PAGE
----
No Reason To Pretend: Revisiting An Unheralded Rap Album That Turned Cops Into Supervillains

No Reason To Pretend is a weekly column by Stephen Kearse that explores the intersection of hip-hop and pop culture.

“I didn’t join the force to kill people,” declares Bronx beat cop Deke DaSilva in the 1981 film Nighthawks. DaSilva is addressing his superior, Peter Hartman, an Interpol agent teaching counter-terrorism tactics to an NYPD task force. “To combat violence you need greater violence,” Hartman responds. On Nighthawks, the collaborative album by Camu Tao and Cage, DaSilva doesn’t need convincing. Rewritten by Cage and Camu as inveterate dirty cops, DaSilva and his partner Matt Fox are cops on a rampage, the violence never great enough.

The album is replete with car chases, robberies, extortions, planted evidence, bribes, and harassment, all perpetrated, and covered up, by the cops. It’s a thrilling and horrible listen, a product of vivid imaginations, close encounters, and dedicated reading of the NYT crime pages. Unmoored to a narrative, the album consists of scattered vignettes and skits, following DaSilva and Fox as they stalk the streets. Nighthawks is easy to file away as seedy horrorcore or Freaky Friday gangster rap (“What’s more gangster than dirty cops?” a friend asked me when he introduced the album to me), but the album’s real treat is its sly critique of super cops.

Central to this critique are the rote facts of the movie. The film is about two NYPD cops who learn firsthand that terrorists differ from street criminals. Billy Dee Williams and Sylvester Stallone play Fox and DaSilva as gritty but straight, unorthodox but still in line. The focus of the film is how far Fox and DaSilva must bend as they face the reality of terrorism. On the album, the focus is how bent Fox and DaSilva already are and how committed they are to abusing their power. The contrast is stark, but it’s just the beginning.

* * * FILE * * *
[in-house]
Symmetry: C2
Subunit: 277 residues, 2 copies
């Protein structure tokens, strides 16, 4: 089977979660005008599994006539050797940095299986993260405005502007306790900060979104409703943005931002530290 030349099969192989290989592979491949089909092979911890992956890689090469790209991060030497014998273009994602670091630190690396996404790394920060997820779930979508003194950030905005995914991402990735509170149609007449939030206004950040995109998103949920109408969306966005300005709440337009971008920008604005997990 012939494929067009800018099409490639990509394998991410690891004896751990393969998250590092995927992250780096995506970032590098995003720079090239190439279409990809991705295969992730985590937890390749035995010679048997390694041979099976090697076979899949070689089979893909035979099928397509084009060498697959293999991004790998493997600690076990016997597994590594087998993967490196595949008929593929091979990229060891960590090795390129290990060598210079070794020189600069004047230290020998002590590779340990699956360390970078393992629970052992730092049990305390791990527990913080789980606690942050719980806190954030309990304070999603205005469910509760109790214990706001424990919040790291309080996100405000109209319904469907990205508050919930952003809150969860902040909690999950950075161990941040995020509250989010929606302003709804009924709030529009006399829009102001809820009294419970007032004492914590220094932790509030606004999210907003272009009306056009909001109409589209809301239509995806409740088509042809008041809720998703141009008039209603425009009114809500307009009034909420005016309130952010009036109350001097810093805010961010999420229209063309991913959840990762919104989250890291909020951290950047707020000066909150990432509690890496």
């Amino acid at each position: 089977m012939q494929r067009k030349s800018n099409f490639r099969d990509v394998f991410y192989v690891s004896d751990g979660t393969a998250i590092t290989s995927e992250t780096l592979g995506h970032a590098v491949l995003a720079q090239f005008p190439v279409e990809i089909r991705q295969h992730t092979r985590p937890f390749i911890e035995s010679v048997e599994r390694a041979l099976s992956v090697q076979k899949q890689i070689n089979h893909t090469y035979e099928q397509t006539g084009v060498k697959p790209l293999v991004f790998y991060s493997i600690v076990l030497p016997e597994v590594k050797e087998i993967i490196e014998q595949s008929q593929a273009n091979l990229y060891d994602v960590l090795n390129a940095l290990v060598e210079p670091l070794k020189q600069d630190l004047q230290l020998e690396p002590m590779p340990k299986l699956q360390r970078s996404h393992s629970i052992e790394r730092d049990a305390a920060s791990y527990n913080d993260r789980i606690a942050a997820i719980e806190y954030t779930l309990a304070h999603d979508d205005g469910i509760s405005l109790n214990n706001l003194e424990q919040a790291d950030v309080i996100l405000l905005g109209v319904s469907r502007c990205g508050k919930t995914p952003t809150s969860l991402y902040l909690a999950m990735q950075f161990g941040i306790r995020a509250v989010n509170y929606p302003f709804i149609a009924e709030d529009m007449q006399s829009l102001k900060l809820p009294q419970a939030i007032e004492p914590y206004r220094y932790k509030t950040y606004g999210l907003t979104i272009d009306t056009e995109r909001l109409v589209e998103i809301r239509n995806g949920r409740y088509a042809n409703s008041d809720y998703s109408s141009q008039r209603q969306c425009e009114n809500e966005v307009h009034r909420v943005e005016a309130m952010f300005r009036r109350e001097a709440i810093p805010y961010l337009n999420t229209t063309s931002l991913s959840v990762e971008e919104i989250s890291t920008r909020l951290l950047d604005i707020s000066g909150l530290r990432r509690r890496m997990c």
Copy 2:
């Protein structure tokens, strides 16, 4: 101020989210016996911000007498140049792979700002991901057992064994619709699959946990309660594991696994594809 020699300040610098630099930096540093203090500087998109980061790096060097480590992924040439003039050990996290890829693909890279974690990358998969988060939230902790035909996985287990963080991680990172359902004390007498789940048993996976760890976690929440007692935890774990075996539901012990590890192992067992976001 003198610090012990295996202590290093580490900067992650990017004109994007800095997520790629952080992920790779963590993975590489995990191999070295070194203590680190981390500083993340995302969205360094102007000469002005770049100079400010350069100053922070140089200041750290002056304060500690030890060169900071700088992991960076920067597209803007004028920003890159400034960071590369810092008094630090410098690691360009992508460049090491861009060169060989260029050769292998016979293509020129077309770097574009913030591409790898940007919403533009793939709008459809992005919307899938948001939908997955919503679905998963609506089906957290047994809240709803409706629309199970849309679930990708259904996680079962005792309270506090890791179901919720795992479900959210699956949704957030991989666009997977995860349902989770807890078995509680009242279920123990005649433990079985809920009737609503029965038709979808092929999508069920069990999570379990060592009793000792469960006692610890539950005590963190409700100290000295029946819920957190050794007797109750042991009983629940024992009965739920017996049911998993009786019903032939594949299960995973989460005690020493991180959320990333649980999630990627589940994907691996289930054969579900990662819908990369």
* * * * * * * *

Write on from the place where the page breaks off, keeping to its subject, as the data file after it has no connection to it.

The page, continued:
Camu and Cage dwell on the excitement of policing, stuffing their lines with abuse after abuse. “Hit the street, then the dough hit my fist / And if the b*tch don’t hit the street, then I hit the b*tch,” Cage sneers on “Keep The City Up,” the pimping too easy. “Order up a jack and coke then start jacking coats / Putting coke in ‘em, then start harassing hoes,” Camu raps on “Night Hawks,” knowing he can get away with it. Most police work is boring, droll stuff — directing traffic, issuing tickets, patrolling, monitoring — but portrayals of policing tend to edit it out, highlighting the action: danger, pursuit, and violence. Cage and Camu mock that slippage by turning the highlight reel into the full-length feature. The effect is wearying, like reading a comic book composed entirely of wordless splash pages, but that’s the point. You can’t hate the Nighthawks and love Dirty Harry.

Cage and Camu chose an ’80s movie as their muse, but Nighthawks is essentially a reaction to the cop worship that swept through New York City after 9/11. “I kinda feel since 9/11, they really tried to use that to make us really forget all the horrible things that NYPD has done,” Cage told Indy Week in 2002. Nighthawks is a line-by-line reading of that long rap sheet, delivered with a leer.

It’s debatable whether satirical hardcore rap is the best vehicle for a takedown of the NYPD and its boosters, but Nighthawks succeeds on the strength of its audacity, especially when compared to other works about overzealous cops. Just looking at Sylvester Stallone’s cop movies, for example, there’s a throughline of skepticism regarding cop authority. Demolition Man, Cop Land, and Judge Dredd all explore the dangers of giving cops too much power. But in all those movies, the focus is ultimately on how that power misrepresents police themselves. The threats in those movies aren’t power itself, but what power must grow to be when cops face exceptionally ruthless criminals. These cops combat violence with greater violence, because, as justified by their criminals, they have to. Nighthawks has no convenient foils. The album’s cover mirrors the movie’s promotional poster, but instead of juxtaposing DaDilva and Wolfgar, the movie’s villain, it’s an image of Camu and Cage. Nighthawks is about power in metastasis, spiraling out of control just because it can.

Senseless violence isn’t supposed to be this smart.

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